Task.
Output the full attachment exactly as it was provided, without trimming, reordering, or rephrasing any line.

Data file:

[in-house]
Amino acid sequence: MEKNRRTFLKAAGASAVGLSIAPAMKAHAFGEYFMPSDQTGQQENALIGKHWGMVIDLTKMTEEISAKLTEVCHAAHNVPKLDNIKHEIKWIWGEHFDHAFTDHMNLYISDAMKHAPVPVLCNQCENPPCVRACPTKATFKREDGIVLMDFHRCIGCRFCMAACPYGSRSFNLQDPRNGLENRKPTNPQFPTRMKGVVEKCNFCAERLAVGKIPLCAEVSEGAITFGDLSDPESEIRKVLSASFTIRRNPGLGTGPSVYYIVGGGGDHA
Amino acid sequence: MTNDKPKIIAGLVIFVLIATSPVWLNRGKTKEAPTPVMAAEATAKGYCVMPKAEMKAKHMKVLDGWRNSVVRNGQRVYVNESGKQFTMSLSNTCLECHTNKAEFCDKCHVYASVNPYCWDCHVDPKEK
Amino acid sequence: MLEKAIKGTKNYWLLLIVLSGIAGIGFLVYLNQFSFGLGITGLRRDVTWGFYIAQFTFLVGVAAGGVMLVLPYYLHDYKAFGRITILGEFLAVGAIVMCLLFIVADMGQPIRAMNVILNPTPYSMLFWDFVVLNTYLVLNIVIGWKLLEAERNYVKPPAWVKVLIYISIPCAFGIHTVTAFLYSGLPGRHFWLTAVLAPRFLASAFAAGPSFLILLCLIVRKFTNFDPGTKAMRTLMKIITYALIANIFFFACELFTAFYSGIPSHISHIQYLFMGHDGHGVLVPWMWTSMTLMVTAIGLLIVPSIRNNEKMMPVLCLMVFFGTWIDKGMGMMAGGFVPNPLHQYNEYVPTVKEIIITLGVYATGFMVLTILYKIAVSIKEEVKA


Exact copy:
[in-house]
Amino acid sequence: MEKNRRTFLKAAGASAVGLSIAPAMKAHAFGEYFMPSDQTGQQENALIGKHWGMVIDLTKMTEEISAKLTEVCHAAHNVPKLDNIKHEIKWIWGEHFDHAFTDHMNLYISDAMKHAPVPVLCNQCENPPCVRACPTKATFKREDGIVLMDFHRCIGCRFCMAACPYGSRSFNLQDPRNGLENRKPTNPQFPTRMKGVVEKCNFCAERLAVGKIPLCAEVSEGAITFGDLSDPESEIRKVLSASFTIRRNPGLGTGPSVYYIVGGGGDHA
Amino acid sequence: MTNDKPKIIAGLVIFVLIATSPVWLNRGKTKEAPTPVMAAEATAKGYCVMPKAEMKAKHMKVLDGWRNSVVRNGQRVYVNESGKQFTMSLSNTCLECHTNKAEFCDKCHVYASVNPYCWDCHVDPKEK
Amino acid sequence: MLEKAIKGTKNYWLLLIVLSGIAGIGFLVYLNQFSFGLGITGLRRDVTWGFYIAQFTFLVGVAAGGVMLVLPYYLHDYKAFGRITILGEFLAVGAIVMCLLFIVADMGQPIRAMNVILNPTPYSMLFWDFVVLNTYLVLNIVIGWKLLEAERNYVKPPAWVKVLIYISIPCAFGIHTVTAFLYSGLPGRHFWLTAVLAPRFLASAFAAGPSFLILLCLIVRKFTNFDPGTKAMRTLMKIITYALIANIFFFACELFTAFYSGIPSHISHIQYLFMGHDGHGVLVPWMWTSMTLMVTAIGLLIVPSIRNNEKMMPVLCLMVFFGTWIDKGMGMMAGGFVPNPLHQYNEYVPTVKEIIITLGVYATGFMVLTILYKIAVSIKEEVKA